A soldier's newspaper, in these grave times, is more than a morale venture. It is a symbol of the things we are fighting to preserve and spread in this threatened world. It represents the free thought and free expression of a free people.
-- General George C. Marshall, The Stars and Stripes, London, April 18, 1942.
Journals flourished between the two world wars, and some significant ones were established. In 1918, the government emerged as an important military publisher. At that time, both the army and navy launched aviation periodicals. Air Force, originally published by the Aviation Section, Army Signal Corps, was one. It continued until 1947. The navy's Naval Aviation News began as a newsletter issued by its Bureau of Aeronautics.1 In 1919, the army founded its first recruiting organ which, after World War II, became Life of the Soldier and Airman. Also in 1919, Ordnance was created, and in 1920, The Military Engineer, followed, in 1921, by The Quartermaster Review. In 1922, the army's Military Review appeared. One of that service's most respected publications, it is still being published. Concerned with tactical and strategic matters, it is aimed at senior officers. Naval Affairs, launched in the following year, was founded by the Fleet Reserve Association in the interest of fleet reservists.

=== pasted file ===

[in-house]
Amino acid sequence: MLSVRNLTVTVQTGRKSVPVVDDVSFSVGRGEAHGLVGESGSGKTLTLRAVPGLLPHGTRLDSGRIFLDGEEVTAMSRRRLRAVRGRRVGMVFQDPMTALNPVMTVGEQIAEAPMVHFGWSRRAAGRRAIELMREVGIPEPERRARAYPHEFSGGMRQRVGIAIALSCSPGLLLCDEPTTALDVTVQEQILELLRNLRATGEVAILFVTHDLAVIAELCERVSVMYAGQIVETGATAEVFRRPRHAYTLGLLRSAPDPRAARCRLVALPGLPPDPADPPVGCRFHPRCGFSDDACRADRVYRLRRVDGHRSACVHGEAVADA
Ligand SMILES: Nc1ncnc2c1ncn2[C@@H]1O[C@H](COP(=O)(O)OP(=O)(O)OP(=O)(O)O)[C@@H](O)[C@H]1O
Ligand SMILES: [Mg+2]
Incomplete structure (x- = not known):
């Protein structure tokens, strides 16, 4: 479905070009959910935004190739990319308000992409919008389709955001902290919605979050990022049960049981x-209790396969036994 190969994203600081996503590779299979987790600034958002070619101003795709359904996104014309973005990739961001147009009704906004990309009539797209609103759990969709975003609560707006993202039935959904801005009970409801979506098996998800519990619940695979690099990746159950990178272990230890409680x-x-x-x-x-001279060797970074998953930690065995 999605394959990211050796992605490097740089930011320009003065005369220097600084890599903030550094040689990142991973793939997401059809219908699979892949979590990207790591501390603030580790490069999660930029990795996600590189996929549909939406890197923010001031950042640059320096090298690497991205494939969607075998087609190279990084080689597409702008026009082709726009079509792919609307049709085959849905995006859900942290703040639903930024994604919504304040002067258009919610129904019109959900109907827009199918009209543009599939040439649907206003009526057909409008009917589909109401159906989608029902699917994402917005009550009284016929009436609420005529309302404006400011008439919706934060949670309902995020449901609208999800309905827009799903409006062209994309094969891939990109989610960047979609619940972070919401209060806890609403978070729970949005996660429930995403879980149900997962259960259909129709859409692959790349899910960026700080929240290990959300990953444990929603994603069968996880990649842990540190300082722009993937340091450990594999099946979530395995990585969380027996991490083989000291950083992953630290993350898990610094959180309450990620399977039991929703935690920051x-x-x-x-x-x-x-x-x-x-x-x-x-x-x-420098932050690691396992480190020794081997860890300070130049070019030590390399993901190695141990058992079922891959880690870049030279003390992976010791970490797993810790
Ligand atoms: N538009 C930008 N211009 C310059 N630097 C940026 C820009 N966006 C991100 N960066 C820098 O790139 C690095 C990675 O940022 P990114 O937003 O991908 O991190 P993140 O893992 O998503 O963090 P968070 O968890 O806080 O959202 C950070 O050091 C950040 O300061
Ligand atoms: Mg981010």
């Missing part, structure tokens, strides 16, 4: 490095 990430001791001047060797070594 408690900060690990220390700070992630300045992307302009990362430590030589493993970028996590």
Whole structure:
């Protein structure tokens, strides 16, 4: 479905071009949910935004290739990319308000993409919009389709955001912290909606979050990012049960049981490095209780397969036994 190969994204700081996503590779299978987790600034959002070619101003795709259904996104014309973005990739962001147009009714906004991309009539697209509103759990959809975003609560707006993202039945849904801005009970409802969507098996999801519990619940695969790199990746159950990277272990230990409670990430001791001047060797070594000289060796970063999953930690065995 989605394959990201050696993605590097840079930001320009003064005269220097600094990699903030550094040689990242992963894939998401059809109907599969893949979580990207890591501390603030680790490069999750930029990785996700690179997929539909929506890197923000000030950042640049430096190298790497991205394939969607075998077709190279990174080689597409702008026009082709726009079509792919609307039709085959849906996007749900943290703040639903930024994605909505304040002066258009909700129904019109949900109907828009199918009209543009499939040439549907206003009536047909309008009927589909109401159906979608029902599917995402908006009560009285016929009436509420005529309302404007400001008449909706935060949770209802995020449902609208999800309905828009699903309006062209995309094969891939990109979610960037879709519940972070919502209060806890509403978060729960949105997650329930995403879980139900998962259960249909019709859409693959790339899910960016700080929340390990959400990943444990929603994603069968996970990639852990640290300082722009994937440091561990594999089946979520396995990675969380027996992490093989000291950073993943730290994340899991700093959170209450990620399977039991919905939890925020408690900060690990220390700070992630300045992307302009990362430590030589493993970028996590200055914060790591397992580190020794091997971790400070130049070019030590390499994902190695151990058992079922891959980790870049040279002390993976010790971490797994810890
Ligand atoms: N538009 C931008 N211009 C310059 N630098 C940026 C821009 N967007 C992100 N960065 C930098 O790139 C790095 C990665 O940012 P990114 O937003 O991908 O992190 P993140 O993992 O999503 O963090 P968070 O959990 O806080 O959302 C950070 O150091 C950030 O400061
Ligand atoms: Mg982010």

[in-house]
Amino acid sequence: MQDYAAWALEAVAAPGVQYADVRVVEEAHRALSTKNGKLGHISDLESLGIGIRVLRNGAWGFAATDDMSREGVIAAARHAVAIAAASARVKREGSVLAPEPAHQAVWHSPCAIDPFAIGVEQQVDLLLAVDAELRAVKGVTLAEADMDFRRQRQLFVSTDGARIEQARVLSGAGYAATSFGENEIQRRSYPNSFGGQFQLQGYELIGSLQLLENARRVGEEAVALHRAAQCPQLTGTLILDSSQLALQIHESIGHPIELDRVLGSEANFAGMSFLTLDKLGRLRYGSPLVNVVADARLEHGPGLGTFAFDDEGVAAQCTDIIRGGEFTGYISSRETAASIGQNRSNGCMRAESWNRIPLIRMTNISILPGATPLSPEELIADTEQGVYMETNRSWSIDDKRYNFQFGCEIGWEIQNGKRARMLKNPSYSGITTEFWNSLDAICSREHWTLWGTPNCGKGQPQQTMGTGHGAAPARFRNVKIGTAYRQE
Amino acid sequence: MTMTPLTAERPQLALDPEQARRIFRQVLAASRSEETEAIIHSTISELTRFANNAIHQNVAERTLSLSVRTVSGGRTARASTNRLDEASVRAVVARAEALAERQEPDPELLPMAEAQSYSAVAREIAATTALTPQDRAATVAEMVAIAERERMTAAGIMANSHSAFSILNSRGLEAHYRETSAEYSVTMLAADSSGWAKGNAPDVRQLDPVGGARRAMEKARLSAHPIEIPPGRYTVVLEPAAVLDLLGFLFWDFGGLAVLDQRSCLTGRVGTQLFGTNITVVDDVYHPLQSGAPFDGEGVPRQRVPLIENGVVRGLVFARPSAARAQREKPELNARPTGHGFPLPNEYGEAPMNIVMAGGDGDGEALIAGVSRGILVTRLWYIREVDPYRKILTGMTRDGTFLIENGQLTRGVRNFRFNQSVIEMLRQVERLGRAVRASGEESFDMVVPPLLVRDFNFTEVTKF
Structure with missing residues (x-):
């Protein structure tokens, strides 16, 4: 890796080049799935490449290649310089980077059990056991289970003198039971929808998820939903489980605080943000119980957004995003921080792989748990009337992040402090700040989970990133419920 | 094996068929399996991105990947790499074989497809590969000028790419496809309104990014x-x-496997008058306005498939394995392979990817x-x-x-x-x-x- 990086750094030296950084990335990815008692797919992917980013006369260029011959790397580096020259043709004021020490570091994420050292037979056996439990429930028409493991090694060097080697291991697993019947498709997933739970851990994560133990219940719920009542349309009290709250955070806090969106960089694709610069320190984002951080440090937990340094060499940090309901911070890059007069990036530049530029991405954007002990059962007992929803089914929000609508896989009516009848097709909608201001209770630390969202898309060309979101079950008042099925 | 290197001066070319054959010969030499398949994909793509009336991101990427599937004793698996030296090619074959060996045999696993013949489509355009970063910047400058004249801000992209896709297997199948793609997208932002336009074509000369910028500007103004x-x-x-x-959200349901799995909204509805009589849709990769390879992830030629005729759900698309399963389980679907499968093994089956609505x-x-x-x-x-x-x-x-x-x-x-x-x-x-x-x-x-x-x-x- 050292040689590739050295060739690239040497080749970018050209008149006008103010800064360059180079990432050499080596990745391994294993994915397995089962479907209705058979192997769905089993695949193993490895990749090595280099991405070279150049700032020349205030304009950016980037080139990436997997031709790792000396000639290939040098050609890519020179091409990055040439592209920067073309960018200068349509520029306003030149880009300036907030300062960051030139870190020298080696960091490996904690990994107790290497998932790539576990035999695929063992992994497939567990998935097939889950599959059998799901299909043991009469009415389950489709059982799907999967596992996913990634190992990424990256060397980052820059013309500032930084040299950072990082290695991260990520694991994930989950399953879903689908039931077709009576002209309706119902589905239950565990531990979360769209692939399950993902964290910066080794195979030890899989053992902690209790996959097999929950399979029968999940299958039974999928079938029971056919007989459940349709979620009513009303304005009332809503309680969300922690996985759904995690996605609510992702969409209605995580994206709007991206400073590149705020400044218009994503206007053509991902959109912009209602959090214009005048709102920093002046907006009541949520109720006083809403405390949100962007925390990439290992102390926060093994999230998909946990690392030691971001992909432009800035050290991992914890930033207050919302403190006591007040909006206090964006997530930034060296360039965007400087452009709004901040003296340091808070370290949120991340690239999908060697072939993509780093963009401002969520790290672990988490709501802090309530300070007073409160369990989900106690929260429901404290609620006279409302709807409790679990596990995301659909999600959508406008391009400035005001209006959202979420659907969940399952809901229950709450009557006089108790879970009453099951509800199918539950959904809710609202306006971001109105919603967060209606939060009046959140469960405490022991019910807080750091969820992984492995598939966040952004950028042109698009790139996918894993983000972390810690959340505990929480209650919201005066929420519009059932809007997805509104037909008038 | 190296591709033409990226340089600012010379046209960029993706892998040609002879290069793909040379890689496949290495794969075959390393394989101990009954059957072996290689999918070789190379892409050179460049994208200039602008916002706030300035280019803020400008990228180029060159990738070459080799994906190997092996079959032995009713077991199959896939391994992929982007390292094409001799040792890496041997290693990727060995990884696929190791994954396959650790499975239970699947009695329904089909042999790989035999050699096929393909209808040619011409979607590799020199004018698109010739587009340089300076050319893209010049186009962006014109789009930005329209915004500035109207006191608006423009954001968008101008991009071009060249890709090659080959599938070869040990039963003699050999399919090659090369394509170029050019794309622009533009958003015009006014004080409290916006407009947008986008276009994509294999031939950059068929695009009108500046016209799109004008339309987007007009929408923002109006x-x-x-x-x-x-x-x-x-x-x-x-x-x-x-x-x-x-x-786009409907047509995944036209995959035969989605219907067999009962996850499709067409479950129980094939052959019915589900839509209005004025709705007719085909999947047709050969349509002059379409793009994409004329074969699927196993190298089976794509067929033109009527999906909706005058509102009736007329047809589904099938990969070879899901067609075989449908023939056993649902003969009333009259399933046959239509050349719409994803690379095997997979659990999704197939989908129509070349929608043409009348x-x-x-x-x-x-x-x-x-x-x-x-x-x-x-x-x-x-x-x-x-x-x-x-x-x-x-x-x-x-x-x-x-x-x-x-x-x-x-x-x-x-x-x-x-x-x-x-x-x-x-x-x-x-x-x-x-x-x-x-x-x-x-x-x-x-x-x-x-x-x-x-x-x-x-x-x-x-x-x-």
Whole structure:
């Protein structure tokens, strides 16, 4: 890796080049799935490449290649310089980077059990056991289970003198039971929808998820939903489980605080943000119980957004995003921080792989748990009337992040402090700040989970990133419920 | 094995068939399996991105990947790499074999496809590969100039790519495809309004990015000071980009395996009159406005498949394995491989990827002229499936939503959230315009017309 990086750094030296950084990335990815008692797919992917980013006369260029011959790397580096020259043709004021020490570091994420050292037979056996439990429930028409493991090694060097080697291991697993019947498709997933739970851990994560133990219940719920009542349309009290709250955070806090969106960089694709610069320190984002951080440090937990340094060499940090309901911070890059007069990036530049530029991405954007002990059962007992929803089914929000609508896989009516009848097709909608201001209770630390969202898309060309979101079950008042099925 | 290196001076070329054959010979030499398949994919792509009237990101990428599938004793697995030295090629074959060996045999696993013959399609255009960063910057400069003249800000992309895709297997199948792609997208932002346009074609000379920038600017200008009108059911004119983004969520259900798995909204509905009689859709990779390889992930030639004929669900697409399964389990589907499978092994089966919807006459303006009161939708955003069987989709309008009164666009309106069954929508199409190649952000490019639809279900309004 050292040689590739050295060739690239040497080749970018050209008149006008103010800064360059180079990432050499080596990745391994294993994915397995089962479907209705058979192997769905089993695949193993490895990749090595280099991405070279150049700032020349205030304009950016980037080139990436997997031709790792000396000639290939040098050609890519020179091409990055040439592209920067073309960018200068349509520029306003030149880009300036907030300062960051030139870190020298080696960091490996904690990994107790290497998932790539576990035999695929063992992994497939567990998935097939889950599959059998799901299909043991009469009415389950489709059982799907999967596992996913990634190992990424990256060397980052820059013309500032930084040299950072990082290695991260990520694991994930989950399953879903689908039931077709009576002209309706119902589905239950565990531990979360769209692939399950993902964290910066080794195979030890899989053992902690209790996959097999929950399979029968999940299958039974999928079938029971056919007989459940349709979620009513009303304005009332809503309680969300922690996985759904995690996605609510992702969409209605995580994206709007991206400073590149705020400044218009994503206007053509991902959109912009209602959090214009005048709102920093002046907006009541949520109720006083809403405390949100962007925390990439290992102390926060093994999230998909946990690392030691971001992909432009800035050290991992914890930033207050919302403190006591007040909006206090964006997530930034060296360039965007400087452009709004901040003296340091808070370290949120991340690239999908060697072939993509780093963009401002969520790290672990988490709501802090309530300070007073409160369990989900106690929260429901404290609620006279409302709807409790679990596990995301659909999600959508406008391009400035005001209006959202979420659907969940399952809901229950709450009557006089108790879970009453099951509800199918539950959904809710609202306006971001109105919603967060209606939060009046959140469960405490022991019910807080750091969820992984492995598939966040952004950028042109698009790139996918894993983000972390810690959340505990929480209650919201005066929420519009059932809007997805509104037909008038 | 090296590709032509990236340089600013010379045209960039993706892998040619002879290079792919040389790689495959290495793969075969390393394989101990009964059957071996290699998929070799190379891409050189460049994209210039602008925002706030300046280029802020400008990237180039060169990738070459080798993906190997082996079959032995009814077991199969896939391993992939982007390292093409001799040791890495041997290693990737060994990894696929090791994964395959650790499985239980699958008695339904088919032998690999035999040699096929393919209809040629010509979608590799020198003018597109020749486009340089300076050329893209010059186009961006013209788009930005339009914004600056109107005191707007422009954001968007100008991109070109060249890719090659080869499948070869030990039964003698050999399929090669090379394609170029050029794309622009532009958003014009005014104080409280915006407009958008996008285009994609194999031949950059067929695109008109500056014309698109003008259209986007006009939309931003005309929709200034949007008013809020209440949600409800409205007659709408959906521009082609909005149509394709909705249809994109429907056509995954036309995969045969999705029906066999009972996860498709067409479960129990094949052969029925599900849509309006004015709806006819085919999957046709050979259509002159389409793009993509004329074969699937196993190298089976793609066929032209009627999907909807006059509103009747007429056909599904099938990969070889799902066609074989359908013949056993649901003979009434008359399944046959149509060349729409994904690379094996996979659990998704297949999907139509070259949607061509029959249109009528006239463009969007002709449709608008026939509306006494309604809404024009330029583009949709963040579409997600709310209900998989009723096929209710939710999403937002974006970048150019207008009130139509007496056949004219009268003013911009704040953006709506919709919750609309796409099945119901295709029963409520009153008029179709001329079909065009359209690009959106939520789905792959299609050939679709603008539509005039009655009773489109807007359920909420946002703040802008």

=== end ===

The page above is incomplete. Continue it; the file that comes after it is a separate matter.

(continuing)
Civilian ventures also appeared soon after the war, some intended for a readership of both civilians and military personnel. One, Liaison. The Courier of the Big Gun Corps, was published at Fortress Monroe, Virginia, as a weekly magazine featuring the Coast Artillery.2 Another, The American Soldier, was a monthly magazine edited by a veteran. It was intended as a nonpolitical, "But